Horseshoeing is a distinct trade, but to most people blacksmithing and horseshoeing are synonymous terms. There are thousands of smiths who have never nailed on or made a horseshoe, and there are a great number of horseshoers who cannot be termed “smiths” in that sense of the word, for their knowledge of blacksmithing is limited to the fitting of horseshoes. Sometimes we find a blacksmith who is a fairly good shoer, but we shall never find a horseshoer who is a good blacksmith; but in the smaller towns and country shops the smith must practice both trades.
In no other trade has there been such a great confusion in the last decade as in the horseshoer’s. Every horseshoer, with few exceptions, has his whim or hobby. They are mostly “one-idea men.” The shoe is shaped a little different at the heel, and that is it to one man. Another believes in the side-weight shoes, another toe-weight shoes, another bar shoes; and many have such faith in their fad that they can make any old nag complete with Dan Patch for championship of the world, and cure diseases for all kinds simply by shoeing with the right kind of shoes. From their talk, you are certain that they can subdue any disease, from glanders to corns. And I warn the horse owner against the toe-weight farrier, for he might put on such toe-weights in front that the front quarters of the horse might run away from the hind quarters.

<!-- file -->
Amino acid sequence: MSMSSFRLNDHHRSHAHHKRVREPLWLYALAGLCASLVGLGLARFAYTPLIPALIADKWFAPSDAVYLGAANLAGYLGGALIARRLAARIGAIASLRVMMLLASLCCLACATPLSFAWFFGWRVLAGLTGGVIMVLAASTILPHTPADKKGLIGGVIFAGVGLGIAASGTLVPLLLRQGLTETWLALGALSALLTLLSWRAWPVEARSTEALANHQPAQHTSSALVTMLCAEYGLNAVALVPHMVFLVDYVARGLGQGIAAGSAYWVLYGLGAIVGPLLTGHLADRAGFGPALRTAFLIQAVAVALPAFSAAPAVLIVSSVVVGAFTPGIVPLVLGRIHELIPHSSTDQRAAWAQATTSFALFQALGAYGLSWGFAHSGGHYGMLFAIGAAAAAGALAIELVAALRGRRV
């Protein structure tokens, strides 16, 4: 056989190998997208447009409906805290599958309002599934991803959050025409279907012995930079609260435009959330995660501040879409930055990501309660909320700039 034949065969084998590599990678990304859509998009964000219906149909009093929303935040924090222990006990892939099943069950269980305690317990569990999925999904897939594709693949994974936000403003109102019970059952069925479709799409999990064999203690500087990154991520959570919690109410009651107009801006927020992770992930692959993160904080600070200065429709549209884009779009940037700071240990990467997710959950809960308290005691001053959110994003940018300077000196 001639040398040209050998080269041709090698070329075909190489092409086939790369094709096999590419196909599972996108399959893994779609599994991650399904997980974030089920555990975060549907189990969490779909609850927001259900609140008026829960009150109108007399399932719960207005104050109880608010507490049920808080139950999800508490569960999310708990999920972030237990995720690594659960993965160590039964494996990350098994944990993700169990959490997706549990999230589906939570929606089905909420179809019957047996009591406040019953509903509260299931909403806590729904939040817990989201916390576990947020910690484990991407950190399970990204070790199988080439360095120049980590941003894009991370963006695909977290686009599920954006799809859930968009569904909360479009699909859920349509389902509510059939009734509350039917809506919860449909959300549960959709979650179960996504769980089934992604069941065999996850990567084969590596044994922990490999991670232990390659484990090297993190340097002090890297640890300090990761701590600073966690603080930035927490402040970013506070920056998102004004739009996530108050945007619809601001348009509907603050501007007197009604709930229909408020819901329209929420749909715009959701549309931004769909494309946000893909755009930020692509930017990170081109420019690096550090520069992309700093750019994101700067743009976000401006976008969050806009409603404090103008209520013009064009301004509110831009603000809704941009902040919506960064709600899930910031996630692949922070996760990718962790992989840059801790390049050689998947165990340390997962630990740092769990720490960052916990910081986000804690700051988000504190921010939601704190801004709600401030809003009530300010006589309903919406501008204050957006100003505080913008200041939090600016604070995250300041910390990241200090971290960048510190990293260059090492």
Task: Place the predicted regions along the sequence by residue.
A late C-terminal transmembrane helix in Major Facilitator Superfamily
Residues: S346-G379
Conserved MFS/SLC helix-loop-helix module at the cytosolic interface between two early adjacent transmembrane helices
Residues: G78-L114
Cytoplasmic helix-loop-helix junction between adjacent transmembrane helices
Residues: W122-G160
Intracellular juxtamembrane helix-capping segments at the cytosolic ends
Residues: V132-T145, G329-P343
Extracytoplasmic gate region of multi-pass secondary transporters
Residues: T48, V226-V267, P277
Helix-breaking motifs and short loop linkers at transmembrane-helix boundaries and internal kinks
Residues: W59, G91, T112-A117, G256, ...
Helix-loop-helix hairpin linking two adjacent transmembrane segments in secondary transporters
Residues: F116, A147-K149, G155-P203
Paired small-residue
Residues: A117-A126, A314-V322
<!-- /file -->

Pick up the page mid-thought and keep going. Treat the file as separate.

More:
To follow all these whims would require a large volume alone, and we assure the mechanic or apprentice who wishes to know the facts that we shall not be guilty of any hobbyism of any kind, but give the rational ideas and facts. We do not believe in faith-cure shoeing.